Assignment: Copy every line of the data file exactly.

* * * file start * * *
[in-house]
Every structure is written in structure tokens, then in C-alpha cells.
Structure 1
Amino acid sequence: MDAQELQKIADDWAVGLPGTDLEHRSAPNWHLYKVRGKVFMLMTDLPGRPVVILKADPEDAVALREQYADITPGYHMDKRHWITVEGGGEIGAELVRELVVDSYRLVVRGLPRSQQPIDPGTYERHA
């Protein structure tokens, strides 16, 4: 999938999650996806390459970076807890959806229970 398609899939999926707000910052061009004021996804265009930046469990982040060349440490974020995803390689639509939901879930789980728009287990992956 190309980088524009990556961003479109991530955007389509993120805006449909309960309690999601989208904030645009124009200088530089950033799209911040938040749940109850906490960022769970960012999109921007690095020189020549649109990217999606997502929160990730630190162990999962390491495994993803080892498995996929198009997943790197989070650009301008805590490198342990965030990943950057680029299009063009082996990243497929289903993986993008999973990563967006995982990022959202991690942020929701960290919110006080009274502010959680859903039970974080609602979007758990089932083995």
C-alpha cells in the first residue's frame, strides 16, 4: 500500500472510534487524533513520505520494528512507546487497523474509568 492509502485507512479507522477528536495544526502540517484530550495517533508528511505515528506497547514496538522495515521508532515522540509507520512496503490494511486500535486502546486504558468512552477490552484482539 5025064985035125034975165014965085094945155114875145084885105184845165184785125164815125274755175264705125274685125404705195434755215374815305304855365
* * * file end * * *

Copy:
[in-house]
Every structure is written in structure tokens, then in C-alpha cells.
Structure 1
Amino acid sequence: MDAQELQKIADDWAVGLPGTDLEHRSAPNWHLYKVRGKVFMLMTDLPGRPVVILKADPEDAVALREQYADITPGYHMDKRHWITVEGGGEIGAELVRELVVDSYRLVVRGLPRSQQPIDPGTYERHA
């Protein structure tokens, strides 16, 4: 999938999650996806390459970076807890959806229970 398609899939999926707000910052061009004021996804265009930046469990982040060349440490974020995803390689639509939901879930789980728009287990992956 190309980088524009990556961003479109991530955007389509993120805006449909309960309690999601989208904030645009124009200088530089950033799209911040938040749940109850906490960022769970960012999109921007690095020189020549649109990217999606997502929160990730630190162990999962390491495994993803080892498995996929198009997943790197989070650009301008805590490198342990965030990943950057680029299009063009082996990243497929289903993986993008999973990563967006995982990022959202991690942020929701960290919110006080009274502010959680859903039970974080609602979007758990089932083995």
C-alpha cells in the first residue's frame, strides 16, 4: 500500500472510534487524533513520505520494528512507546487497523474509568 492509502485507512479507522477528536495544526502540517484530550495517533508528511505515528506497547514496538522495515521508532515522540509507520512496503490494511486500535486502546486504558468512552477490552484482539 5025064985035125034975165014965085094945155114875145084885105184845165184785125164815125274755175264705125274685125404705195434755215374815305304855365